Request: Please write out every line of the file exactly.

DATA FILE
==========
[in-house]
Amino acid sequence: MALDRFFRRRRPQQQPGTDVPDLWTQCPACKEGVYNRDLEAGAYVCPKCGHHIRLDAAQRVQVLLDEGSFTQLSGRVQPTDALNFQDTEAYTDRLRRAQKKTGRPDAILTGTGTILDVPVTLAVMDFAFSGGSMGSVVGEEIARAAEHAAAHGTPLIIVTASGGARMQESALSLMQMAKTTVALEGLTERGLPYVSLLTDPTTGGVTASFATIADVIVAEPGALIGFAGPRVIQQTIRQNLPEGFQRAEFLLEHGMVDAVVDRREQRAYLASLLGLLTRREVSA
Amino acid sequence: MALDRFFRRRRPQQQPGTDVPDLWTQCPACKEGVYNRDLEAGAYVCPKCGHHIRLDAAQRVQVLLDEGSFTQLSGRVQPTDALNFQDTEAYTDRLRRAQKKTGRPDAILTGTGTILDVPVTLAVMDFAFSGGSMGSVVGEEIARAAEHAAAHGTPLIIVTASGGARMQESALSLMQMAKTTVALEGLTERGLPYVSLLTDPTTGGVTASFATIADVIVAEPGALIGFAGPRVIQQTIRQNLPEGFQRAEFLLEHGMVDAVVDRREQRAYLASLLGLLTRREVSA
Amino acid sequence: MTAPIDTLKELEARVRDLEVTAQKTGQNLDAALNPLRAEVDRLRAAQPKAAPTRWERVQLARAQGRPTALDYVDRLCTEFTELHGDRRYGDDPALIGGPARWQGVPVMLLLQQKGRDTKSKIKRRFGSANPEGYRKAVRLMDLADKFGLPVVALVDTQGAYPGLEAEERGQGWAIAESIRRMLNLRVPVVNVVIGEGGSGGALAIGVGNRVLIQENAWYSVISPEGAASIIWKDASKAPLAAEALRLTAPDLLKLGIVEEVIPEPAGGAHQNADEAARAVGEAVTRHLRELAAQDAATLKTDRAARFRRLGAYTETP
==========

[in-house]
Amino acid sequence: MALDRFFRRRRPQQQPGTDVPDLWTQCPACKEGVYNRDLEAGAYVCPKCGHHIRLDAAQRVQVLLDEGSFTQLSGRVQPTDALNFQDTEAYTDRLRRAQKKTGRPDAILTGTGTILDVPVTLAVMDFAFSGGSMGSVVGEEIARAAEHAAAHGTPLIIVTASGGARMQESALSLMQMAKTTVALEGLTERGLPYVSLLTDPTTGGVTASFATIADVIVAEPGALIGFAGPRVIQQTIRQNLPEGFQRAEFLLEHGMVDAVVDRREQRAYLASLLGLLTRREVSA
Amino acid sequence: MALDRFFRRRRPQQQPGTDVPDLWTQCPACKEGVYNRDLEAGAYVCPKCGHHIRLDAAQRVQVLLDEGSFTQLSGRVQPTDALNFQDTEAYTDRLRRAQKKTGRPDAILTGTGTILDVPVTLAVMDFAFSGGSMGSVVGEEIARAAEHAAAHGTPLIIVTASGGARMQESALSLMQMAKTTVALEGLTERGLPYVSLLTDPTTGGVTASFATIADVIVAEPGALIGFAGPRVIQQTIRQNLPEGFQRAEFLLEHGMVDAVVDRREQRAYLASLLGLLTRREVSA
Amino acid sequence: MTAPIDTLKELEARVRDLEVTAQKTGQNLDAALNPLRAEVDRLRAAQPKAAPTRWERVQLARAQGRPTALDYVDRLCTEFTELHGDRRYGDDPALIGGPARWQGVPVMLLLQQKGRDTKSKIKRRFGSANPEGYRKAVRLMDLADKFGLPVVALVDTQGAYPGLEAEERGQGWAIAESIRRMLNLRVPVVNVVIGEGGSGGALAIGVGNRVLIQENAWYSVISPEGAASIIWKDASKAPLAAEALRLTAPDLLKLGIVEEVIPEPAGGAHQNADEAARAVGEAVTRHLRELAAQDAATLKTDRAARFRRLGAYTETP